Another aspect of useful transit service is whether the transit system respects the customer, which is very true in Japan. Despite the crowded conditions of the trains, people are respectful when it comes to moving around and behaving in the trains themselves, and do not litter, leading to clean and safe conditions for passengers. A good transit system should also be trustworthy, which Tokyo’s system certainly is, as I have never experienced a delay of a single minute so far at any of the stations I’ve been to. These aspects can be compared against the US’s, which is often noisy, dirty, and not on time. Finally, a good transit service should give individuals the freedom to change their plans, which relates to the reliability of the service and the availability of information. In all aspects of the rail service, Japan has excelled at providing information, whether it be in the stations or on the trains themselves. Information about the time to stations, the directions to go, and even which train car to get on to reach the optimal position on the disembarking platform. Many rail systems in the US also have information and apps available to help navigate, but not quite on the scale of Japan’s.
We also visited the Japan Rail East (JR East) research and development center in Saitama. JR East is undertaking a variety of initiatives to improve the safety, reliability, and sustainability of their transit system. For example, their research facility has a “Smart Station” building which is a replica of an actual boarding platform, to test new technologies such as integrated solar panel windows and safer boarding gates. They also have an extensive amount of machinery available for stress testing of station structures and train components. Finally, they are working on ways to reduce the energy consumption of the rail lines, by using technologies such as cold metal bars that are cooled from underground as a cheaper air conditioning alternative. Overall, these improvements show that despite Japan’s advanced transit system, they are still working to improve it to be the best that it can be.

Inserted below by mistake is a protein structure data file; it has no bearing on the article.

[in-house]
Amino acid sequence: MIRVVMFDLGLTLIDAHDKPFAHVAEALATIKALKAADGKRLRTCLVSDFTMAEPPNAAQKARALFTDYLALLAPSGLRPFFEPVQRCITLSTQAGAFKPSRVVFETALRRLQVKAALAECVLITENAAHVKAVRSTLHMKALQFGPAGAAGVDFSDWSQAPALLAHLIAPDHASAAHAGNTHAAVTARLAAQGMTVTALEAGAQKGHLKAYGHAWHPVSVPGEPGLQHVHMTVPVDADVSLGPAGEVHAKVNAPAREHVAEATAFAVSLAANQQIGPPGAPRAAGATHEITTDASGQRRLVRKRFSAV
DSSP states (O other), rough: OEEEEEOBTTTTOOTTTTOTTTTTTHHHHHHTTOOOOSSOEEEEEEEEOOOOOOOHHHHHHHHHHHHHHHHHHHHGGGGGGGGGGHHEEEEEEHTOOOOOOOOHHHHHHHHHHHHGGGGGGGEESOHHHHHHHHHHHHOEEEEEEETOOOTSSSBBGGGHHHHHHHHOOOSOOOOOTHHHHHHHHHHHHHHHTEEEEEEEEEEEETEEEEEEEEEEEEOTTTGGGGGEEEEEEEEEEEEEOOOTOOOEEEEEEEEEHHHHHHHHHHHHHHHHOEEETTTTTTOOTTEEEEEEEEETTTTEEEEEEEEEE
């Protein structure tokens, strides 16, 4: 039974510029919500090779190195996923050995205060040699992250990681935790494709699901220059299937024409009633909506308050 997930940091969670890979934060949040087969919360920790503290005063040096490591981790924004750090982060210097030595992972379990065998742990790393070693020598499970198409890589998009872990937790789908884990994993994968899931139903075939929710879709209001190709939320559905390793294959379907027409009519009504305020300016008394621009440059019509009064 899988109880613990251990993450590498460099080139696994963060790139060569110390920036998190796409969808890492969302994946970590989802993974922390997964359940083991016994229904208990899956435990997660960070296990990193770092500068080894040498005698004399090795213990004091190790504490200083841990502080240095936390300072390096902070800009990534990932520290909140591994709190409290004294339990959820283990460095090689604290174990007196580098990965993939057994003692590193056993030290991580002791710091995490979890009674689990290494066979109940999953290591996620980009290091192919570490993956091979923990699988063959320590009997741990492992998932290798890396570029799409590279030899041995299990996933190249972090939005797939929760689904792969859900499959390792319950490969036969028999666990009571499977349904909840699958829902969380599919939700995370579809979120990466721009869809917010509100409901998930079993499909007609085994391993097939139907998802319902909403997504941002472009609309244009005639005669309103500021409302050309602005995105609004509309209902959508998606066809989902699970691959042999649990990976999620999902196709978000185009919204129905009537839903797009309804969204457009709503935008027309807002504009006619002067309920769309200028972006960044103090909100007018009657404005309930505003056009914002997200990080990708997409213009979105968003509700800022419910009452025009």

One of the most appealing things about visiting Tokyo so far is that its transit system is highly developed and particularly useful because it allows for efficient transit at both the city-wide and local levels. For getting across the different districts of Tokyo, the Yamanote Line was incredibly convenient. Additionally, due to the private rail lines’ ownership of the area surrounding each of the major stations, many of the important stores and buildings that anyone would wish to enter are clustered around the stations. These closely-packed attractions help to promote walking and cycling, which are more healthy alternatives to using automobiles. Over the first two days, most of the transit time that I spent was walking between locations at areas near the major stations.
It is important to find a good balance between densely-packed transit systems that have a smaller footprint while also ensuring that individuals have adequate room to ride comfortably. The Yamanote Line was continuously packed throughout the day, which made it somewhat uncomfortable to ride at times, as there was little personal space. However, the Yamanote Line was very efficient and effective at transporting large amounts of passengers to a number of destinations across the city. Additionally, the railway system has a small footprint, with much of the railway existing underground. One related aspect of this I found interesting was the multiple floors for railways overlaid on top of one another, allowing for easy transit between lines while ensuring that the lines’ paths do not interfere with one another.
All the transit systems that I rode on were swift and timely. The trains would almost always arrive within 2 or 3 minutes of waiting, except for the local Sangubashi station, in which express trains often passed by the station. The monorail was likely the slowest of the rail systems that I rode on, but even that wasn’t all that slow and gave a nice view of parts of the city, as its small footprint allowed it to be built aboveground. Adding to the fact that the transit systems were timely was the fact that information was always available on what routes to take to get to your destination, when to transfer lines, and how long each ride would take. This came in handy for me many times, particularly when my plans changed and I quickly needed to figure out how to change destinations.
The main thing that I took away from the system of transit in Tokyo is that the Japanese know how to maximize the space in their city, whether it be aboveground, belowground, or on the ground itself, to make their transportation systems as efficient as possible. Given that the Tokyo Megaregion is incredibly populous and space is at a premium, this makes a lot of sense. Ideas such as multi-level stations, underground vehicle storage systems, and small-footprint monorails allow for the limited area in which Tokyo exists to be used to its full potential in terms of transit.